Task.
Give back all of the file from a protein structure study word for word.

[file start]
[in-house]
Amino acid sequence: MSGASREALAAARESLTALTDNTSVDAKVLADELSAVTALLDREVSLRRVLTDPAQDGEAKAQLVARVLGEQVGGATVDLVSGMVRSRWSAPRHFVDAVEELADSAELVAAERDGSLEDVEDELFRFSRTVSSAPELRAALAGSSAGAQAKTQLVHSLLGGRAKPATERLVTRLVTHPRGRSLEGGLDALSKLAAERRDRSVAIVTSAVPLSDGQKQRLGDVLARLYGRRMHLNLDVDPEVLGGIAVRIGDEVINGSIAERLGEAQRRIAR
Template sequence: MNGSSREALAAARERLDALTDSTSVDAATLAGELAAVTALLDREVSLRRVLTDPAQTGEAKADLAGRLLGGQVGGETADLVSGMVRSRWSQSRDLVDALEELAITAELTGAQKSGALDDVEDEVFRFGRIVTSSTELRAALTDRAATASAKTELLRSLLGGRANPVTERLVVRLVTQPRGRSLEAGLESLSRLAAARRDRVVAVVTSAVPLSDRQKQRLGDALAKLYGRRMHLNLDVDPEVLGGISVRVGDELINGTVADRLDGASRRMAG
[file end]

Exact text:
[in-house]
Amino acid sequence: MSGASREALAAARESLTALTDNTSVDAKVLADELSAVTALLDREVSLRRVLTDPAQDGEAKAQLVARVLGEQVGGATVDLVSGMVRSRWSAPRHFVDAVEELADSAELVAAERDGSLEDVEDELFRFSRTVSSAPELRAALAGSSAGAQAKTQLVHSLLGGRAKPATERLVTRLVTHPRGRSLEGGLDALSKLAAERRDRSVAIVTSAVPLSDGQKQRLGDVLARLYGRRMHLNLDVDPEVLGGIAVRIGDEVINGSIAERLGEAQRRIAR
Template sequence: MNGSSREALAAARERLDALTDSTSVDAATLAGELAAVTALLDREVSLRRVLTDPAQTGEAKADLAGRLLGGQVGGETADLVSGMVRSRWSQSRDLVDALEELAITAELTGAQKSGALDDVEDEVFRFGRIVTSSTELRAALTDRAATASAKTELLRSLLGGRANPVTERLVVRLVTQPRGRSLEAGLESLSRLAAARRDRVVAVVTSAVPLSDRQKQRLGDALAKLYGRRMHLNLDVDPEVLGGISVRVGDELINGTVADRLDGASRRMAG